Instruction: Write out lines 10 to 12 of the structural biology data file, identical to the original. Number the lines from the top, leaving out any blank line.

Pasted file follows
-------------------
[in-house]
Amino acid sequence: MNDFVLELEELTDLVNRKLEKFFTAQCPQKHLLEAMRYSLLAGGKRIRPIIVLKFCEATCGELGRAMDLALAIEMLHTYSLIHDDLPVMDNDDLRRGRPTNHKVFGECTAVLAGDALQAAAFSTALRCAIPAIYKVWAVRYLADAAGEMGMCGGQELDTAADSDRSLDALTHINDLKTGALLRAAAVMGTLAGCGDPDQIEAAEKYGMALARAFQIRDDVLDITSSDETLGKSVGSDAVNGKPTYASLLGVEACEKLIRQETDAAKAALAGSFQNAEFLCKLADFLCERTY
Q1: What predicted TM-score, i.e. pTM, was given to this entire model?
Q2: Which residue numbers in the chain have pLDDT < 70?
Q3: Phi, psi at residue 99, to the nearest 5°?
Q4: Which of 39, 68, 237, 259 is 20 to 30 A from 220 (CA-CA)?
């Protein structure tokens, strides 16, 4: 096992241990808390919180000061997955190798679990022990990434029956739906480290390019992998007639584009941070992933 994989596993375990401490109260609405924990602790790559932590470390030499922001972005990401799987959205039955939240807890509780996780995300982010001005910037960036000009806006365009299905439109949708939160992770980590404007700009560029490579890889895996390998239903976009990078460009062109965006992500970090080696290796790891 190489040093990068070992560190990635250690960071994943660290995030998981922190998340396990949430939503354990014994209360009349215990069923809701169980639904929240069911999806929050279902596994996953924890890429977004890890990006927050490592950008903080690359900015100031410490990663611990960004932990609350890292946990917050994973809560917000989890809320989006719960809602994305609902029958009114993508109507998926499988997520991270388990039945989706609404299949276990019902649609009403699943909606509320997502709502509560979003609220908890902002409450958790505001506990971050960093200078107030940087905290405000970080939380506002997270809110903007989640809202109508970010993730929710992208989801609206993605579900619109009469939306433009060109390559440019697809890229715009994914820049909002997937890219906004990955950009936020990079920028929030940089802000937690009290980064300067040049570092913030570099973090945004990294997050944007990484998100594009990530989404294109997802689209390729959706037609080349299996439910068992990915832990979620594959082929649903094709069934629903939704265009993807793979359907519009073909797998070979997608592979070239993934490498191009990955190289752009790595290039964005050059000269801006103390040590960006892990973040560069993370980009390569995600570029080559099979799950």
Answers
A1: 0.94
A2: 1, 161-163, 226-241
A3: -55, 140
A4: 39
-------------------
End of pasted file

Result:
A2: 1, 161-163, 226-241
A3: -55, 140
A4: 39